Aluminum prices in the US have dropped over the last two weeks after a New York Times investigation of Goldman Sachs’s (GS) storage operations presented strong evidence that the investment bank was using its Detroit-area storage facilities to inflate costs and increase profits.
Goldman Sachs currently owns 27 different warehouses in Detroit after it purchased Metro International Trade services back in 2010. Metro’s facilities constituted one of the nation’s largest aluminum storage operations, housing about a quarter of total market supply. The Times found that aluminum delivery times after the Goldman purchase increased from an average of six weeks to 16 months in some cases, as the company moved 1,500-pound bars of aluminum from one warehouse to another sometimes three times each day for no justifiable reason.
But ever since The Times’ decision to publish the results of the investigation was followed by congressional scrutiny, the world’s largest investment bank, while predictably not admitting to the allegations, has promised to step up the pace of its deliveries.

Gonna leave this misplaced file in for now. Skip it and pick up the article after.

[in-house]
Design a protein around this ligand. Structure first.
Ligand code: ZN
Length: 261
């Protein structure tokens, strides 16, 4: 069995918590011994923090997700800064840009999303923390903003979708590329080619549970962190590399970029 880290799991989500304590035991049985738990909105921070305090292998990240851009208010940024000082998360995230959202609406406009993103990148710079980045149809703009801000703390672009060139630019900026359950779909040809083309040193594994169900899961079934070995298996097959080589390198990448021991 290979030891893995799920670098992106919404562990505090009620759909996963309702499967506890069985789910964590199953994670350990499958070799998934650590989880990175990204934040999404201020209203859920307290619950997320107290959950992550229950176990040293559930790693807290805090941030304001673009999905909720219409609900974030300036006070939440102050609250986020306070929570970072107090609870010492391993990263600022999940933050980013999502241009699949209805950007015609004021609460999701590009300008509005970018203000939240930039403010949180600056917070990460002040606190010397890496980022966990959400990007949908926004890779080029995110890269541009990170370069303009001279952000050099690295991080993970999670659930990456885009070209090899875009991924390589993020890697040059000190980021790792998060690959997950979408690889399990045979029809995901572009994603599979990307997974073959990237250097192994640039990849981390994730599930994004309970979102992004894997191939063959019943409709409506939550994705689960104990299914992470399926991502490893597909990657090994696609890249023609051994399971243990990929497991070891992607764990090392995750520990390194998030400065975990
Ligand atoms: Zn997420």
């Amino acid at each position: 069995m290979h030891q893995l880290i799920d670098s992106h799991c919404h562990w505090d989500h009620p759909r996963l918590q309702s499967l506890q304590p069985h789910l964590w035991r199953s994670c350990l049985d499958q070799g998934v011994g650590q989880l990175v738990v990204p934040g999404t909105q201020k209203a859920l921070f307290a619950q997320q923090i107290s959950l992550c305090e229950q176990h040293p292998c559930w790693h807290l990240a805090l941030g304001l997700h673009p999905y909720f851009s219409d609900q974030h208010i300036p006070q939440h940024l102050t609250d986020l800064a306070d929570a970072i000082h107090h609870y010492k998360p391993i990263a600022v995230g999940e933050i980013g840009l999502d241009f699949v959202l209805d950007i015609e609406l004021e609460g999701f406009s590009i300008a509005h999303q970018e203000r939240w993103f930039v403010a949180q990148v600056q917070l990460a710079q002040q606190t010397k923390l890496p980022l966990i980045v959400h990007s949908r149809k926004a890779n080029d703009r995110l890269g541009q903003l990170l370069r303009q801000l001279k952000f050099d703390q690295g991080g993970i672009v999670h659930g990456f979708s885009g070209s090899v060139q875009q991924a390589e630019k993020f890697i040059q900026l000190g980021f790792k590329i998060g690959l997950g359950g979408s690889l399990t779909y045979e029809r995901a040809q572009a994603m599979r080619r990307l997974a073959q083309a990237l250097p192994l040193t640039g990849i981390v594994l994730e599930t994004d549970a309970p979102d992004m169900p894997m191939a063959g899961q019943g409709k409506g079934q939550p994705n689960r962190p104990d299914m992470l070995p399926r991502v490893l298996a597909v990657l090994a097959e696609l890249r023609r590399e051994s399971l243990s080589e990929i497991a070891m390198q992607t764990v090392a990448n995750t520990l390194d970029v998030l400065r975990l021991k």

US prices have dropped almost 23 percent in the ensuing period, as the bank was threatened by a combination of pressure from increased Federal scrutiny led by the Commodities Futures Trading Commission, as well as big aluminum-consuming companies like MillerCoors LLC and Coca-Cola (KO) who expressed their frustration with the scheme before congress last week.
In addition to the increased public scrutiny of the goings-on at Goldman’s Detroit facilities, more pressure came from the aluminum company Superior Extrusion Inc., who filed a suit on August 1 against both Goldman and the London Metal Exchange that sets the rules for much of the global trading of the metal.
While one of Goldman’s initial objections to the allegations was the claim that its warehouses stored only 1.5 million of the 48 million tons of aluminum produced globally, and therefore could not affect higher prices to the extent that was alleged, its recent attempts to reduce delivery times has been felt well outside the United States. The surcharge for aluminum delivery dropped to its lowest rate in almost two years, sliding 7 percent across the Eurozone. It is hard to believe that a clearing up of the bank’s storage and delivery issues could have affected prices so drastically and so far away on only just over 3 percent of global supply.
Furthermore, according to Barclays Plc, aluminum delivery surcharges could sink a further 25 percent by year’s end. While this is all good news for purchasers of aluminum, it is not yet clear what effect it could have on the intervention of big banks into physical commodities markets.
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